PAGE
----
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Community News: East

EAST LOS ANGELES : Revitalization Study Urges Housing, Mall

June 27, 1993|MARY ANNE PEREZ

A 16-month study of Boyle Heights and El Sereno has concluded with several recommendations for the communities, including a plan to develop a senior-citizen housing project and a community shopping center.

The Eastside Neighborhoods Revitalization Study, also known as Adelante Eastside, was presented in a public forum last week by the committee of residents, merchants and representatives of community organizations and the industrial sector that compiled the study.

The Community Redevelopment Agency will consider the recommendations sometime in July and most likely send them off to the City Council for approval, said Edward Avila, agency administrator.

The 10-square-mile area is bounded by Main Street, Mission Road and Huntington Drive on the north, the Long Beach Freeway and Indiana Street on the east, the city of Vernon and city of Los Angeles boundary along the south and the Los Angeles River on the west.

"This study started with the premise that the community needs help," said consultant Raul Escobedo, of Barrio Planners Inc., an architectural firm. "But we didn't know what the concerns were, the constraints or its strengths."

The committee found that the area has some of the oldest housing tracts in the city, a lack of open land for new construction and overcrowding.

But the committee members found that the community organizes well when a threatening issue arises, such as the proposed prison east of Downtown, which was defeated in the state Assembly last fall after seven years of opposition, Escobedo said.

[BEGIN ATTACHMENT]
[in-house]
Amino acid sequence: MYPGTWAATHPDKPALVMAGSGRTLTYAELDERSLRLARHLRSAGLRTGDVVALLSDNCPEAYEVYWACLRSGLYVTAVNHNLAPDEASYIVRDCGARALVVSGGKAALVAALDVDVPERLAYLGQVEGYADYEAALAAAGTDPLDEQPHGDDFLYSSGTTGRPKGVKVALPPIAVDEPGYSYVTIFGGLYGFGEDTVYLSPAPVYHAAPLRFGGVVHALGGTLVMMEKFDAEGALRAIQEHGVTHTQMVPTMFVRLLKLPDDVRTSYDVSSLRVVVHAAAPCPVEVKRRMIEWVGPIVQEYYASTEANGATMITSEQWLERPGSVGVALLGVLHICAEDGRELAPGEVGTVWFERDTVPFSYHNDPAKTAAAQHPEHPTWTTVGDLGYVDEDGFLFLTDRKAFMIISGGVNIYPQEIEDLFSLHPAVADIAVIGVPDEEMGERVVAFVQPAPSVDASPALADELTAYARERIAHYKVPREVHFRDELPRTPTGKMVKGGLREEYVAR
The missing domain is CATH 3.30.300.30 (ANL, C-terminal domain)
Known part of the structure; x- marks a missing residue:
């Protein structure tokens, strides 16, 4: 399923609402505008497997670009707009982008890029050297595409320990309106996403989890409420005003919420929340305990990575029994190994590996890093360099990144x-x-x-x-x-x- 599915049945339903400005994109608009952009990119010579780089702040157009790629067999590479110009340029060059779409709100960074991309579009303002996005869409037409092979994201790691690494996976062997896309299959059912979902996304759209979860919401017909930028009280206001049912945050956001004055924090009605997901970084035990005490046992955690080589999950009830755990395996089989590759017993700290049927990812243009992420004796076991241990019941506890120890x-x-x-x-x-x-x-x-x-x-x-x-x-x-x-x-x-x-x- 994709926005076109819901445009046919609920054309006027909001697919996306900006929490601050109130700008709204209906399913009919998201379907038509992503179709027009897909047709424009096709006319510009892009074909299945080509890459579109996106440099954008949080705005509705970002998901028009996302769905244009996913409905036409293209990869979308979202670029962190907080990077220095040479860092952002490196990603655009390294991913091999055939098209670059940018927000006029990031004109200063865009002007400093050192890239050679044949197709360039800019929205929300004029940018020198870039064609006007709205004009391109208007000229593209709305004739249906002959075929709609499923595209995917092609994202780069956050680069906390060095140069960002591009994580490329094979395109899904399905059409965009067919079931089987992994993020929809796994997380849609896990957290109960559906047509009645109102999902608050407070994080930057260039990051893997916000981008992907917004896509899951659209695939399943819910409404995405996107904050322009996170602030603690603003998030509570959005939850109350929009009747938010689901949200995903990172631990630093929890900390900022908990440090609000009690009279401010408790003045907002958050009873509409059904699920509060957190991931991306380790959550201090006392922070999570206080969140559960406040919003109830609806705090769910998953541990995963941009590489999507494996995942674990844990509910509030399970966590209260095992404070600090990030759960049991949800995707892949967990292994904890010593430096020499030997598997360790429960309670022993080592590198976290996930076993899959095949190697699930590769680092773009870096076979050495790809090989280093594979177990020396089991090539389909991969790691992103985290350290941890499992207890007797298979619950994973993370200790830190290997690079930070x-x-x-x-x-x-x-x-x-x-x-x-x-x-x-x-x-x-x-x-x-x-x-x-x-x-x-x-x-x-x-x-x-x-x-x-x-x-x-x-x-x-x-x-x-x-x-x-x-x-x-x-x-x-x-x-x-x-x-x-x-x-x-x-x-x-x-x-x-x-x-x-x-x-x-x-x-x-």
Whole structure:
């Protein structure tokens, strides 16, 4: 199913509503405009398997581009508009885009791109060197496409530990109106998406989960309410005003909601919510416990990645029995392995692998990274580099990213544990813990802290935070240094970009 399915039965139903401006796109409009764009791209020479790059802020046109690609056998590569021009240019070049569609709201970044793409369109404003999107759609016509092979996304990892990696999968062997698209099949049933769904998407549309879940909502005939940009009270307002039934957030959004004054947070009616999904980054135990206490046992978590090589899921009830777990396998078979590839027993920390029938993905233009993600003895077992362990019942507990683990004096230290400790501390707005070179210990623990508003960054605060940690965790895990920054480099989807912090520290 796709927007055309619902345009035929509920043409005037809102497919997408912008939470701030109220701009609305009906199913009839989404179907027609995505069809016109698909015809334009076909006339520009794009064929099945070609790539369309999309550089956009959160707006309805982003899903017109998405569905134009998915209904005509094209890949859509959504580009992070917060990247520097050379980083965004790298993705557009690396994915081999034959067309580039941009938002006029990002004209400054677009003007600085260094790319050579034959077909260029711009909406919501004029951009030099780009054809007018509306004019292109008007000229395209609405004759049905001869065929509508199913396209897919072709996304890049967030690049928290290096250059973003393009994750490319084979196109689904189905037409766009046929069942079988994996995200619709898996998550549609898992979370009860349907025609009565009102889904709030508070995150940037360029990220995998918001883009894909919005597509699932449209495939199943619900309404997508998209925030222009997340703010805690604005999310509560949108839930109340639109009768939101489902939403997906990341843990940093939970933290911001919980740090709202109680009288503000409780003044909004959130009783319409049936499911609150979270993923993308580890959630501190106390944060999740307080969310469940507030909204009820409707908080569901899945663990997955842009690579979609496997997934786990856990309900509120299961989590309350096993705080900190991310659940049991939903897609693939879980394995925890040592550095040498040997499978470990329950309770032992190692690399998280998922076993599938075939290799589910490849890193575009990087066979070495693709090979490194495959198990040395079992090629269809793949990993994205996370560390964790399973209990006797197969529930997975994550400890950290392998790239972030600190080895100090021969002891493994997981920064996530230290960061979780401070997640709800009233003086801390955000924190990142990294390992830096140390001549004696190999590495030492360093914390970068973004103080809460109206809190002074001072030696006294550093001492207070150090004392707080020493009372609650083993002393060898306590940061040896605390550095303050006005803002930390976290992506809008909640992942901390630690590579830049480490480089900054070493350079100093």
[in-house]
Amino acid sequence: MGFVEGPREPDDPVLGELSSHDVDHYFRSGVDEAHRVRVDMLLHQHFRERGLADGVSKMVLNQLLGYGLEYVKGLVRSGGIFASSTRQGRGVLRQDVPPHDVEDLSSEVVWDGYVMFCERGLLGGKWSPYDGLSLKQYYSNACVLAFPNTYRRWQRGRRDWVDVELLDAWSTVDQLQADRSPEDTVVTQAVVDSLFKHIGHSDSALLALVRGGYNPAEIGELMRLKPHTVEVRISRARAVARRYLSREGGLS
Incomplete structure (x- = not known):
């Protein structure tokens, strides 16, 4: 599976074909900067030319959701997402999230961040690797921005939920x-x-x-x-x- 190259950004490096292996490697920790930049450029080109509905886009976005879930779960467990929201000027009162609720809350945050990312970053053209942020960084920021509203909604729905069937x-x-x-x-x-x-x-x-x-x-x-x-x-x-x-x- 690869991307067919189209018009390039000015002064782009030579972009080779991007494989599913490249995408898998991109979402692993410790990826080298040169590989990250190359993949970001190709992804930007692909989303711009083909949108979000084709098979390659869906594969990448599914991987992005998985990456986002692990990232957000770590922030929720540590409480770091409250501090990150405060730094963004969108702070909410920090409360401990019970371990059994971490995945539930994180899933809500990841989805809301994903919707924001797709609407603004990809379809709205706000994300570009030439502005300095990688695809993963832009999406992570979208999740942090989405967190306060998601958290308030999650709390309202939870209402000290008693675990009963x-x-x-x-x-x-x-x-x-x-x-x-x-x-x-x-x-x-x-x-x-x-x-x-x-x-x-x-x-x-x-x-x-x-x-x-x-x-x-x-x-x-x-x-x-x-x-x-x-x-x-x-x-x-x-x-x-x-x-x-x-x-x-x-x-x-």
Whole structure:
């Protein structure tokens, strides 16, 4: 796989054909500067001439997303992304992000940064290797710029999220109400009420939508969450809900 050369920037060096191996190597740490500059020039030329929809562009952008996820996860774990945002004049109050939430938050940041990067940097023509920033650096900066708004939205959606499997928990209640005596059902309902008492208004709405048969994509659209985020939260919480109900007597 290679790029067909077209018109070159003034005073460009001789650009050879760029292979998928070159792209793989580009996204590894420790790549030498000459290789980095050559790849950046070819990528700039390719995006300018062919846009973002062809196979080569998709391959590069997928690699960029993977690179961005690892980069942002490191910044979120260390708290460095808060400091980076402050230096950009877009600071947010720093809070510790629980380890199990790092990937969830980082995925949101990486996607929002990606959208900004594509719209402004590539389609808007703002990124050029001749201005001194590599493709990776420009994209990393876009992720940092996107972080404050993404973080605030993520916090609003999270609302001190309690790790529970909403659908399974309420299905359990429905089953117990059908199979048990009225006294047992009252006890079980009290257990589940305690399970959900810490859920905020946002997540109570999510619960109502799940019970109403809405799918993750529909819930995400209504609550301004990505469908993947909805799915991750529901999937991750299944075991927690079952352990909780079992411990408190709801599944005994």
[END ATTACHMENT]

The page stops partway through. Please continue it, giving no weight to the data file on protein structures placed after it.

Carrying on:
The study began with an assessment of the area, in which consultants asked people who live and work in the area about their concerns and problems.

Then the consultants compared the responses to market surveys and census figures.

For example, most people said they noticed much more crowding in the area and that, because there were fewer neighbors out cutting their lawns and planting flowers on Saturday mornings, there were probably more renters than owners. The numbers bore that out, Escobedo said.

The market studies found that many people--enough to support a local shopping center--travel to malls out of the area to buy higher-quality goods.

And, Escobedo said, the committee discovered that revitalization efforts must include the community if the plans are to succeed.

"We just all became convinced that given today's times and problems and given the economy, you have to work with the community," he said. "This will help us monitor the system to make sure that what was supposed to happen, does happen."

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